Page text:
- Stuart Bell, Stuart BellProfessor of Law and Dean of the Faculty of Social Sciences, University of York
- Donald McGillivray, Donald McGillivrayProfessor of Environmental Law, University of Sussex
- Ole W. Pedersen, Ole W. PedersenReader in Environmental Law, Newcastle University
- Emma LeesEmma LeesUniversity Lecturer in Environmental and Property Law, University of Cambridge
- and Elen StokesElen StokesProfessorial Research Fellow in Law, University of Birmingham
This chapter focuses on the torts—or civil wrongs—traditionally relied on in environmental litigation: private and public nuisance, trespass, negligence, and the rule in Rylands v. Fletcher. It discusses and outlines statutory nuisance and various instances of statutory civil liability, some of which go beyond providing remedies for individuals and provide for wider environmental clean-up. Traditionally, private law has attempted to serve the function of controlling environmental damage. However, the chapter shows that the similarity is often superficial; the essential characteristic of private law is to regulate relationships between individuals by the balancing of individual interests. It concludes by briefly considering the EU Environmental Liability Directive, which has some similarities with private law remedies but is primarily an administrative mechanism for environmental remediation in defined situations.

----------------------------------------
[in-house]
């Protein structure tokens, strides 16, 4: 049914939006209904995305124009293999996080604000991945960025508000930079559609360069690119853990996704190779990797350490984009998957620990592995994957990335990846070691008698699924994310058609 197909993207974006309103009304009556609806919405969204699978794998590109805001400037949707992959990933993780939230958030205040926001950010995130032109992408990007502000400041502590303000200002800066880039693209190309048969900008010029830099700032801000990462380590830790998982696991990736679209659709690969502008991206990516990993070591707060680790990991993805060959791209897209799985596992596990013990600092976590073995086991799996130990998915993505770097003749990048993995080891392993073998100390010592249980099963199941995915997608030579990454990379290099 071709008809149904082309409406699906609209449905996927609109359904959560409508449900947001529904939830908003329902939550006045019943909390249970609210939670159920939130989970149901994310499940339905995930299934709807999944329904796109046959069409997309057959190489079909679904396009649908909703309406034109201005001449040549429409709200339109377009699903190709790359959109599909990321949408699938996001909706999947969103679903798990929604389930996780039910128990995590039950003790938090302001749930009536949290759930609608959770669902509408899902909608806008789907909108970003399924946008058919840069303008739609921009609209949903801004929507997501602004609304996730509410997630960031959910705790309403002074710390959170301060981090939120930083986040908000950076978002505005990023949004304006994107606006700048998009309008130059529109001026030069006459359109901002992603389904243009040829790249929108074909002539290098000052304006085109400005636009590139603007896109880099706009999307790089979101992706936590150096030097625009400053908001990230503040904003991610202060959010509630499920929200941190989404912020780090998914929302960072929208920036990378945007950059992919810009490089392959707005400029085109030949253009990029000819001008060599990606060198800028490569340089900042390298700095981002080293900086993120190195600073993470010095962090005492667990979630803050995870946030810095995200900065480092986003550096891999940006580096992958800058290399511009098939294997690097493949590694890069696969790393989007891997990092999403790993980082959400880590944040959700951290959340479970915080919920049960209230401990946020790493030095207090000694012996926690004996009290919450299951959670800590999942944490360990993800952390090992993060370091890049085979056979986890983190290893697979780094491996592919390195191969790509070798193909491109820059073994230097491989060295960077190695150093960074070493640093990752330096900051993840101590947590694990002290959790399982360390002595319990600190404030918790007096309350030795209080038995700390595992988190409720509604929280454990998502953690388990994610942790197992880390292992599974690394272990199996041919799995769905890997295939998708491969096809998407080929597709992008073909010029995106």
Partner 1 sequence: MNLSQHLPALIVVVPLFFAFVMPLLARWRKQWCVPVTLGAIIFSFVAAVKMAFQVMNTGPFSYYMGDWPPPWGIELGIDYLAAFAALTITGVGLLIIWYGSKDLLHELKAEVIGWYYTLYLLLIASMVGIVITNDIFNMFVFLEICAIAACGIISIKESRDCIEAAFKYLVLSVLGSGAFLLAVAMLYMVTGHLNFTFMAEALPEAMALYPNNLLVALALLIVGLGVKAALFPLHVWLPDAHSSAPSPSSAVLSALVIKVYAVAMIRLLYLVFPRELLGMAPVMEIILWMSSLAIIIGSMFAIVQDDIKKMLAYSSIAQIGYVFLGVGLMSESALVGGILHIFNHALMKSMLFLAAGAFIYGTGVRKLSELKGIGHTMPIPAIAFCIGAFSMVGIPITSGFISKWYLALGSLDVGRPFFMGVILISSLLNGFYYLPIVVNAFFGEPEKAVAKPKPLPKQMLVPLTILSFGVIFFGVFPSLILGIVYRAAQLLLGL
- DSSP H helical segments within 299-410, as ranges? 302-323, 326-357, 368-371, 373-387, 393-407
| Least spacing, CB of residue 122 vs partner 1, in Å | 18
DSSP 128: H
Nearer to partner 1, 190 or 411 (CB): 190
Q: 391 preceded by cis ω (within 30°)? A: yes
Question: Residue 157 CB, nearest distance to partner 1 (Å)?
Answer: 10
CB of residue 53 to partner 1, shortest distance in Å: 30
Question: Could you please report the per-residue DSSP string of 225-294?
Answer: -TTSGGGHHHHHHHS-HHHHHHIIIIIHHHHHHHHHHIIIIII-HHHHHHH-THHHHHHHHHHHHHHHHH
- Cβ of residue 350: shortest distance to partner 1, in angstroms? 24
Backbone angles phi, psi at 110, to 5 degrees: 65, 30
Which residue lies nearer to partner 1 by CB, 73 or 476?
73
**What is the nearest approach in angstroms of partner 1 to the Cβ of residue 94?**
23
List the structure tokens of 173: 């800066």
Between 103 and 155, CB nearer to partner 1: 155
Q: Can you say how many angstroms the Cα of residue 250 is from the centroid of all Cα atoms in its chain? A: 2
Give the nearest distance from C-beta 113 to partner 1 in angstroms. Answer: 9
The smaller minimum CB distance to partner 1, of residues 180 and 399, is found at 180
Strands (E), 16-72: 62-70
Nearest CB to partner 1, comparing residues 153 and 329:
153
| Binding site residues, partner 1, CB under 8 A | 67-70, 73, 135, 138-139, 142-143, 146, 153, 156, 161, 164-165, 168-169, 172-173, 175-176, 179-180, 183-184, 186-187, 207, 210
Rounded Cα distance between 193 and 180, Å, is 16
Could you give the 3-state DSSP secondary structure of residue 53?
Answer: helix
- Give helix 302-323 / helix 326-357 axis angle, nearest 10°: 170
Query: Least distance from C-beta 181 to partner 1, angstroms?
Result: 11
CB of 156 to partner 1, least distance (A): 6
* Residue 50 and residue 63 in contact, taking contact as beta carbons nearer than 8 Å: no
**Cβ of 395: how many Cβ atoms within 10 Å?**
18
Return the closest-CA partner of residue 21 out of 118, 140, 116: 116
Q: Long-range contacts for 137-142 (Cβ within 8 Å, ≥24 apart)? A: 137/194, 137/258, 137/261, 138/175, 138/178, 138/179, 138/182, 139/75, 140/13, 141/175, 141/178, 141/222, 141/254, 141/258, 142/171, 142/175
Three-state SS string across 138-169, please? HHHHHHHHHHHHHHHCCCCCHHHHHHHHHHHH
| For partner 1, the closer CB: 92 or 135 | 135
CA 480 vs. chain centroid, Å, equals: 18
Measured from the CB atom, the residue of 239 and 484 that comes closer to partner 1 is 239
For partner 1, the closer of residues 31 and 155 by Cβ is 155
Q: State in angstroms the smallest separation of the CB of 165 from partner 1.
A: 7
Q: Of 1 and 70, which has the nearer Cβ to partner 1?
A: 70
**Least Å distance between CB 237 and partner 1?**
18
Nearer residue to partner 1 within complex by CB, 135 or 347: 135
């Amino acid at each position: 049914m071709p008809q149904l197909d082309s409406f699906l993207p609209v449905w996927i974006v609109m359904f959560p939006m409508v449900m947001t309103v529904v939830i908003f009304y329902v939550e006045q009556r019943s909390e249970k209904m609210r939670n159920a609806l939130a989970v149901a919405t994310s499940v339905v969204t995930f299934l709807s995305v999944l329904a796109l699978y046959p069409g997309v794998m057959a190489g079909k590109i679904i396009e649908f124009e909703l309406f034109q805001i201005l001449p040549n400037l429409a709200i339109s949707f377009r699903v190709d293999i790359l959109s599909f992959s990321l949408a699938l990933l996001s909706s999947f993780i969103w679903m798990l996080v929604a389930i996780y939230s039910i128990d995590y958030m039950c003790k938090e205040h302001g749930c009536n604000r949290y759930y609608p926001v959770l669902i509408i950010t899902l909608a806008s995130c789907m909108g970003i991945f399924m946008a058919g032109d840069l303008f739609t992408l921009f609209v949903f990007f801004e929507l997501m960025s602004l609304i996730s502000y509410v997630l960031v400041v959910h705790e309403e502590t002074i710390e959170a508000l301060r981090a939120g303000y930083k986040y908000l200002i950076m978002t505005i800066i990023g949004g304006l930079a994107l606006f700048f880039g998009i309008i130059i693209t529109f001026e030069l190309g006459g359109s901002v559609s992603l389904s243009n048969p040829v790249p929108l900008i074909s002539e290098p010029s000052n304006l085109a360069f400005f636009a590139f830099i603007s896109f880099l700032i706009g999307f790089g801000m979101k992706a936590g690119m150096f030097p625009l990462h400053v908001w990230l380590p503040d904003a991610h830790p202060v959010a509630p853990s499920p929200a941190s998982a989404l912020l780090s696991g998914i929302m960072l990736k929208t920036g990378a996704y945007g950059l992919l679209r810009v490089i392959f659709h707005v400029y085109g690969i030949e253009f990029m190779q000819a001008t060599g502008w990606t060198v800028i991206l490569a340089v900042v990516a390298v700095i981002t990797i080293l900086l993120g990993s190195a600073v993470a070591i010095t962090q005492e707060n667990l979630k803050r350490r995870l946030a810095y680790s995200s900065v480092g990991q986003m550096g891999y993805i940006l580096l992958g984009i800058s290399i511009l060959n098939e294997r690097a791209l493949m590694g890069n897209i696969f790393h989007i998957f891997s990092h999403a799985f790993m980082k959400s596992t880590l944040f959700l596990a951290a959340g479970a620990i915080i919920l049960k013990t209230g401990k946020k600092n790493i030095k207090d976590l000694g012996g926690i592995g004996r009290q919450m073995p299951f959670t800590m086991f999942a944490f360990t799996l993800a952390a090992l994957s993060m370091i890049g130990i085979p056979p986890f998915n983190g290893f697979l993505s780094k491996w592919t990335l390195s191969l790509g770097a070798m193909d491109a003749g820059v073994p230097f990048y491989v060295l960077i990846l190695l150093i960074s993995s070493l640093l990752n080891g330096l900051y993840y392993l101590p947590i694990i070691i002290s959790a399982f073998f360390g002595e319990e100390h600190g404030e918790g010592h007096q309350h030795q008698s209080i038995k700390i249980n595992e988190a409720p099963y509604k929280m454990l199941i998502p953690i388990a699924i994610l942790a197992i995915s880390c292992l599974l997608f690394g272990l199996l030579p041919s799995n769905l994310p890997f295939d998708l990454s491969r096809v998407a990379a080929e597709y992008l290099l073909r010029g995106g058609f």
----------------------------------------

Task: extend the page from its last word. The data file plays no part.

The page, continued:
Updated in this version
Note: An update has been made available on the Online Resource Centre (June 2017).